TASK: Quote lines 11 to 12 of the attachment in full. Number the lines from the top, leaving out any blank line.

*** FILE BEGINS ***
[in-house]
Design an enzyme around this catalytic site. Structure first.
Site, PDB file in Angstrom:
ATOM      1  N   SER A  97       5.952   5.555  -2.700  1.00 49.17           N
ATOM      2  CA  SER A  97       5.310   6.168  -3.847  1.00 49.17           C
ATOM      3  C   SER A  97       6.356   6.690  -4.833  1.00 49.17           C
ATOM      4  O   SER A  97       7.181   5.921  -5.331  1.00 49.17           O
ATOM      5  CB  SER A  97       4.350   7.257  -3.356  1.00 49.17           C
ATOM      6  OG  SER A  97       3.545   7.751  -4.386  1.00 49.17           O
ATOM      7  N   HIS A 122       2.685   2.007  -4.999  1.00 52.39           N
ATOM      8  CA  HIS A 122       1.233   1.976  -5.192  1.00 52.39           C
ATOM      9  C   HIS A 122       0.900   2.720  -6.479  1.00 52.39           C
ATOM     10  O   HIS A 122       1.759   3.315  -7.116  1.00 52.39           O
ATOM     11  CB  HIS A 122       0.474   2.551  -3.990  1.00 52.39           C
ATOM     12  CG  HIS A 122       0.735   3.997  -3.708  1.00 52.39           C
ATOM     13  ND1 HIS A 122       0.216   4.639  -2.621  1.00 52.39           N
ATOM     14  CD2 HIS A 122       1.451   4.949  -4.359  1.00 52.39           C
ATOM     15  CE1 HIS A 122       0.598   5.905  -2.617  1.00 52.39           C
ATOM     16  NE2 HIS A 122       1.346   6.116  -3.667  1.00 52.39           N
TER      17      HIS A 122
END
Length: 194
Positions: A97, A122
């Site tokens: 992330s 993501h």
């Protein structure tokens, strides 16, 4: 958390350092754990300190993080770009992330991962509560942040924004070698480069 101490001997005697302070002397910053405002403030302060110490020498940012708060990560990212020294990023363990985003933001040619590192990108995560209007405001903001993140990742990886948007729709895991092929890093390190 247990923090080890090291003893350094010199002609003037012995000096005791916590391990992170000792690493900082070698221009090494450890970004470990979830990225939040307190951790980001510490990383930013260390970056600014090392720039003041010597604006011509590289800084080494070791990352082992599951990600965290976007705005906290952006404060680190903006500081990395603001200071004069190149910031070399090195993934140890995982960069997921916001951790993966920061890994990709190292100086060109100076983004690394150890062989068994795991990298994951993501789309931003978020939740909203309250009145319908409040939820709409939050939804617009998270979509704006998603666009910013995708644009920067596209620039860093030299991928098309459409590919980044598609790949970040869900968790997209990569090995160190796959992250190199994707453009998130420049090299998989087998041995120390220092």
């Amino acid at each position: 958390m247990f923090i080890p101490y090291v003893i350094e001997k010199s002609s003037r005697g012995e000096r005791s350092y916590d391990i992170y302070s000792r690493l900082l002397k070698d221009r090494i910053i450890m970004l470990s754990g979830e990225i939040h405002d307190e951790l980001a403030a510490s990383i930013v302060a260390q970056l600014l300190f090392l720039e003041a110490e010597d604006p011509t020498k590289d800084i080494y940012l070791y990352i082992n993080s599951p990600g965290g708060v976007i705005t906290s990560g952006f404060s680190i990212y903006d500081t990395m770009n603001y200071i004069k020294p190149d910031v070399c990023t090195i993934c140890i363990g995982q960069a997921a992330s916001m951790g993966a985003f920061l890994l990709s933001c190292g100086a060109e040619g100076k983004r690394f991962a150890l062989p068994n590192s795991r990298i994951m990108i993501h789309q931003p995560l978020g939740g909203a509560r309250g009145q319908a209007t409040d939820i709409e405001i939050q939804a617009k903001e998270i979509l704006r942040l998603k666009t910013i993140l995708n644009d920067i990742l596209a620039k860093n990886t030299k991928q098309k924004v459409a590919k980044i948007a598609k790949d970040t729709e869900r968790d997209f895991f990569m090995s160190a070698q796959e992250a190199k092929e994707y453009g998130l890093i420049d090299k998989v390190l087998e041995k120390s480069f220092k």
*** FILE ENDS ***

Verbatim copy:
ATOM      8  CA  HIS A 122       1.233   1.976  -5.192  1.00 52.39           C
ATOM      9  C   HIS A 122       0.900   2.720  -6.479  1.00 52.39           C